HAVING A CUPPA: Glennis Williams, Michelle O’Gorman, Patricia Hughes and Jenny Winning.
HAVING A CUPPA: Glennis Williams, Michelle O’Gorman, Patricia Hughes and Jenny Winning. Paul Braven

Big turnout for Gladstone's Biggest Morning Tea

JUST 10 minutes in to the Gladstone Cancer Council's Australia's Biggest Morning Tea, the $100 raffle board had sold out.

More than 150 women and just two men filled the Ports Corporation Social Club on Thursday to raise money for cancer research.

There were 15 Gladstone volunteers up at 6am making sure the preparations had been done and fresh sandwiches had been made, ensuring a happy social occasion.

Cancer Council Queensland's Regional Fundraising Co-ordinator Jessica O'Neill said this was her third year hosting the event but 2015 was by far the largest turn out.

"Currently we've raised $450,000 so I'm confident that after today we will have reached the half a million mark," Ms O'Neill said.

"The funds go towards research, support and counselling, like our free accommodation program offered to those that need to fly to Brisbane for treatment."

Morning teas will be hosted across the entire month of May, bringing people together to socialise and talk about the issue.

Events co-ordinator Maureen Edwards said it was wonderful to see such support.

"Today we've been selling raffle tickets to go towards hampers, lucky door prizes and trivia has been on offer," Ms Edwards said.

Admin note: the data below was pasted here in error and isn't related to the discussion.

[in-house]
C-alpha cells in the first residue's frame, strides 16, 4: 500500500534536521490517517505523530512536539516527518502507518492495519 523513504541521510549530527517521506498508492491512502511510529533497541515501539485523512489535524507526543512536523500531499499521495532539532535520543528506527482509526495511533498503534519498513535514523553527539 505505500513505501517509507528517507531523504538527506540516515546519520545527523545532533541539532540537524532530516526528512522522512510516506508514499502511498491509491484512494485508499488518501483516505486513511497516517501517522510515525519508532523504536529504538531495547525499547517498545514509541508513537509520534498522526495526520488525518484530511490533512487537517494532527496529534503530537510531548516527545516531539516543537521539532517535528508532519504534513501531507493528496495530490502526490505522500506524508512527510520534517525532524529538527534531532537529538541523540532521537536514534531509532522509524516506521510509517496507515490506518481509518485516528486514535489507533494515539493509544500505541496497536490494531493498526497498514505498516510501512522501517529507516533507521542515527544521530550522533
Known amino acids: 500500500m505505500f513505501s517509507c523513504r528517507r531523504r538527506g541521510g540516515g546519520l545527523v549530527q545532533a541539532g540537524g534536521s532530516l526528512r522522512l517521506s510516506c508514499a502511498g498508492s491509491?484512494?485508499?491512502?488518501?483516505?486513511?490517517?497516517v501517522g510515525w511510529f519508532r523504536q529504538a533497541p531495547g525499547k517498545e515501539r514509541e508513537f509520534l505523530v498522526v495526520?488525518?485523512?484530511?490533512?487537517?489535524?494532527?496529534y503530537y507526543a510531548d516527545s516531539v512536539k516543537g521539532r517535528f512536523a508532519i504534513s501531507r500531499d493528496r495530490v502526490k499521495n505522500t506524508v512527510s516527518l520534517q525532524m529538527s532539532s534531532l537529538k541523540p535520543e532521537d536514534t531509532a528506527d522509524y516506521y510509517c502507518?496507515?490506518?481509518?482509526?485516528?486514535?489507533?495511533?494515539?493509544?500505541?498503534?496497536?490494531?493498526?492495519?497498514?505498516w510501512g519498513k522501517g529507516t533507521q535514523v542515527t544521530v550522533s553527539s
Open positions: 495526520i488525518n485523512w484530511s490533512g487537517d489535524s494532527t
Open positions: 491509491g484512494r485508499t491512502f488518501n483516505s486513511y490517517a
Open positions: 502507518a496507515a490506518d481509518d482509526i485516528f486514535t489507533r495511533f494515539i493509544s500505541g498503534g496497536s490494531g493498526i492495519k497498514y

"It's all about raising your cup to beat breast cancer."

The soothing voice of Ged Carter was heard throughout the morning.

The next major Cancer Council event is Pink Ribbon in October.

SPECIAL DAY: Rosemary Bryce, Ailsa Stitt and Carol Hartley enjoy morning tea.
SPECIAL DAY: Rosemary Bryce, Ailsa Stitt and Carol Hartley enjoy morning tea. Paul Braven

Birthday celebration special after two bouts with cancer

AMID the crowd of 150 at the Biggest Morning Tea, one woman stood out.

Rosemary Bryce was celebrating her 69th birthday with two close friends.

The women volunteer together for community organisation Quota, which helps disadvantaged women and families.

Ms Bryce said she had suffered through breast cancer twice, at different times in her life.

"There's not one person that doesn't know someone who has gone through cancer," she said.

"I've also had a friend, Lola, who I shared a birthday with, who has passed away from cancer."

Carol Hartley said her daughter had also gone through breast cancer at the age of 38.

"Today is all about doing our bit to raise money to eventually cure cancer."

DEADLY DISEASE:

  • Each year, nearly 21,000 Queenslanders are diagnosed with cancer and more than 7000 Queenslanders will die of the disease.
  • One in two Queensland men and one in two Queensland women will develop cancer in their lifetime (before the age of 85 years).
  • All women aged 50-69 years are encouraged to have a free mammogram every two years through BreastScreen Australia


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